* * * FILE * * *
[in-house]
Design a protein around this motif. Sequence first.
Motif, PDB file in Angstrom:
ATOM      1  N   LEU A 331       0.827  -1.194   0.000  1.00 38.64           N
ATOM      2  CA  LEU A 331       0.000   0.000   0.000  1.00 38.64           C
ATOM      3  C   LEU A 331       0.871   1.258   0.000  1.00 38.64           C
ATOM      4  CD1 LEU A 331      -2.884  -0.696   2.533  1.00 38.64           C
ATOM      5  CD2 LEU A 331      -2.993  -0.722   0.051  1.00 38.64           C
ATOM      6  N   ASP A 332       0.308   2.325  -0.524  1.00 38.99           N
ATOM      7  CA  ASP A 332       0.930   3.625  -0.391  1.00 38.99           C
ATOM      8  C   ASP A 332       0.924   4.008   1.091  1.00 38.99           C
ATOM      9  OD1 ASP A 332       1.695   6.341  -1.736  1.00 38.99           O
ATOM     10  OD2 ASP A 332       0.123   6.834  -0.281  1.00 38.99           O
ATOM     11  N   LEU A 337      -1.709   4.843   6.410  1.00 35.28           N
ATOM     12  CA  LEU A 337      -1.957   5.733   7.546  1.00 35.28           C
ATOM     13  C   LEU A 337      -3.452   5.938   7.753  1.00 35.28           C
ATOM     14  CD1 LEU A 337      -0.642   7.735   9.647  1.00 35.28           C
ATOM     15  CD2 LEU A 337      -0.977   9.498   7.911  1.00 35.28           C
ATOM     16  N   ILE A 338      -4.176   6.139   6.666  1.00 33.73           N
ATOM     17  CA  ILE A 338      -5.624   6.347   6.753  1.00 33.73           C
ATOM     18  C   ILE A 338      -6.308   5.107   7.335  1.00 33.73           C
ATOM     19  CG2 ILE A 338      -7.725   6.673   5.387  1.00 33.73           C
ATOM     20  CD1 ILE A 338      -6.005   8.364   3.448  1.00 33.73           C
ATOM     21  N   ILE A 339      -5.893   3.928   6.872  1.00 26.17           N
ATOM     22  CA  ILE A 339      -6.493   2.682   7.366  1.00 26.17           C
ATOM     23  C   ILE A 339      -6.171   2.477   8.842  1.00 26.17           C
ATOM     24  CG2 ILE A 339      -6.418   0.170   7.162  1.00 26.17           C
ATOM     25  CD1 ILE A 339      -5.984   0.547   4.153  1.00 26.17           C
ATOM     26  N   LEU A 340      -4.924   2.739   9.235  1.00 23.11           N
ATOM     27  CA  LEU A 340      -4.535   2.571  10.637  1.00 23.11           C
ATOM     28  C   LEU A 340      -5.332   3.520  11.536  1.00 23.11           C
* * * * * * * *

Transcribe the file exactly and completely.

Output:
[in-house]
Design a protein around this motif. Sequence first.
Motif, PDB file in Angstrom:
ATOM      1  N   LEU A 331       0.827  -1.194   0.000  1.00 38.64           N
ATOM      2  CA  LEU A 331       0.000   0.000   0.000  1.00 38.64           C
ATOM      3  C   LEU A 331       0.871   1.258   0.000  1.00 38.64           C
ATOM      4  CD1 LEU A 331      -2.884  -0.696   2.533  1.00 38.64           C
ATOM      5  CD2 LEU A 331      -2.993  -0.722   0.051  1.00 38.64           C
ATOM      6  N   ASP A 332       0.308   2.325  -0.524  1.00 38.99           N
ATOM      7  CA  ASP A 332       0.930   3.625  -0.391  1.00 38.99           C
ATOM      8  C   ASP A 332       0.924   4.008   1.091  1.00 38.99           C
ATOM      9  OD1 ASP A 332       1.695   6.341  -1.736  1.00 38.99           O
ATOM     10  OD2 ASP A 332       0.123   6.834  -0.281  1.00 38.99           O
ATOM     11  N   LEU A 337      -1.709   4.843   6.410  1.00 35.28           N
ATOM     12  CA  LEU A 337      -1.957   5.733   7.546  1.00 35.28           C
ATOM     13  C   LEU A 337      -3.452   5.938   7.753  1.00 35.28           C
ATOM     14  CD1 LEU A 337      -0.642   7.735   9.647  1.00 35.28           C
ATOM     15  CD2 LEU A 337      -0.977   9.498   7.911  1.00 35.28           C
ATOM     16  N   ILE A 338      -4.176   6.139   6.666  1.00 33.73           N
ATOM     17  CA  ILE A 338      -5.624   6.347   6.753  1.00 33.73           C
ATOM     18  C   ILE A 338      -6.308   5.107   7.335  1.00 33.73           C
ATOM     19  CG2 ILE A 338      -7.725   6.673   5.387  1.00 33.73           C
ATOM     20  CD1 ILE A 338      -6.005   8.364   3.448  1.00 33.73           C
ATOM     21  N   ILE A 339      -5.893   3.928   6.872  1.00 26.17           N
ATOM     22  CA  ILE A 339      -6.493   2.682   7.366  1.00 26.17           C
ATOM     23  C   ILE A 339      -6.171   2.477   8.842  1.00 26.17           C
ATOM     24  CG2 ILE A 339      -6.418   0.170   7.162  1.00 26.17           C
ATOM     25  CD1 ILE A 339      -5.984   0.547   4.153  1.00 26.17           C
ATOM     26  N   LEU A 340      -4.924   2.739   9.235  1.00 23.11           N
ATOM     27  CA  LEU A 340      -4.535   2.571  10.637  1.00 23.11           C
ATOM     28  C   LEU A 340      -5.332   3.520  11.536  1.00 23.11           C